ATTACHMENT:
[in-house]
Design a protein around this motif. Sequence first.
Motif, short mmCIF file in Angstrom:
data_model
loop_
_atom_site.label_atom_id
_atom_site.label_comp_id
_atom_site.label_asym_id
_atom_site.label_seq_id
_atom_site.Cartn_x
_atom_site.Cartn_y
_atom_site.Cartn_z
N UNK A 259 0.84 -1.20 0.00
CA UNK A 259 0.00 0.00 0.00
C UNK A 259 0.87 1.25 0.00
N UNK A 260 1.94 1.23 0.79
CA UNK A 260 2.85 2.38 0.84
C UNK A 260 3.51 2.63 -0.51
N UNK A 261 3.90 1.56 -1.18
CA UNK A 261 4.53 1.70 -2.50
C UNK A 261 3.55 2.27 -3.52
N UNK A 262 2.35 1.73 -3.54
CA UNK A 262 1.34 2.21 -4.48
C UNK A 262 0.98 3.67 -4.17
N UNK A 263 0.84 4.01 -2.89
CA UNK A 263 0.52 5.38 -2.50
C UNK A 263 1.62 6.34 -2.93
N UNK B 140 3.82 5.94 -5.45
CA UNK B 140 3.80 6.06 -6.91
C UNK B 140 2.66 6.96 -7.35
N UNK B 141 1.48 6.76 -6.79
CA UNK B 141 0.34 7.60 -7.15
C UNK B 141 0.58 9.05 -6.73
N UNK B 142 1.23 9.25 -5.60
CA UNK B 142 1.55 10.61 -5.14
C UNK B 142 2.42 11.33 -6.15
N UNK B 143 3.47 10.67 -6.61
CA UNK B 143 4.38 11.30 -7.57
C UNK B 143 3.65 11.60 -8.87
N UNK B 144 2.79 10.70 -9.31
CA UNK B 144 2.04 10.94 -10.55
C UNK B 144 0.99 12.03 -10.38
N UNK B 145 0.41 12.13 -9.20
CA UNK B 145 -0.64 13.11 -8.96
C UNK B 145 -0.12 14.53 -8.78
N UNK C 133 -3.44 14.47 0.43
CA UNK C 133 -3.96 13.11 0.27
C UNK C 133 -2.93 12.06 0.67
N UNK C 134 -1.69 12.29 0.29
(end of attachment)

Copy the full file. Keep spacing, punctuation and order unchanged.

[in-house]
Design a protein around this motif. Sequence first.
Motif, short mmCIF file in Angstrom:
data_model
loop_
_atom_site.label_atom_id
_atom_site.label_comp_id
_atom_site.label_asym_id
_atom_site.label_seq_id
_atom_site.Cartn_x
_atom_site.Cartn_y
_atom_site.Cartn_z
N UNK A 259 0.84 -1.20 0.00
CA UNK A 259 0.00 0.00 0.00
C UNK A 259 0.87 1.25 0.00
N UNK A 260 1.94 1.23 0.79
CA UNK A 260 2.85 2.38 0.84
C UNK A 260 3.51 2.63 -0.51
N UNK A 261 3.90 1.56 -1.18
CA UNK A 261 4.53 1.70 -2.50
C UNK A 261 3.55 2.27 -3.52
N UNK A 262 2.35 1.73 -3.54
CA UNK A 262 1.34 2.21 -4.48
C UNK A 262 0.98 3.67 -4.17
N UNK A 263 0.84 4.01 -2.89
CA UNK A 263 0.52 5.38 -2.50
C UNK A 263 1.62 6.34 -2.93
N UNK B 140 3.82 5.94 -5.45
CA UNK B 140 3.80 6.06 -6.91
C UNK B 140 2.66 6.96 -7.35
N UNK B 141 1.48 6.76 -6.79
CA UNK B 141 0.34 7.60 -7.15
C UNK B 141 0.58 9.05 -6.73
N UNK B 142 1.23 9.25 -5.60
CA UNK B 142 1.55 10.61 -5.14
C UNK B 142 2.42 11.33 -6.15
N UNK B 143 3.47 10.67 -6.61
CA UNK B 143 4.38 11.30 -7.57
C UNK B 143 3.65 11.60 -8.87
N UNK B 144 2.79 10.70 -9.31
CA UNK B 144 2.04 10.94 -10.55
C UNK B 144 0.99 12.03 -10.38
N UNK B 145 0.41 12.13 -9.20
CA UNK B 145 -0.64 13.11 -8.96
C UNK B 145 -0.12 14.53 -8.78
N UNK C 133 -3.44 14.47 0.43
CA UNK C 133 -3.96 13.11 0.27
C UNK C 133 -2.93 12.06 0.67
N UNK C 134 -1.69 12.29 0.29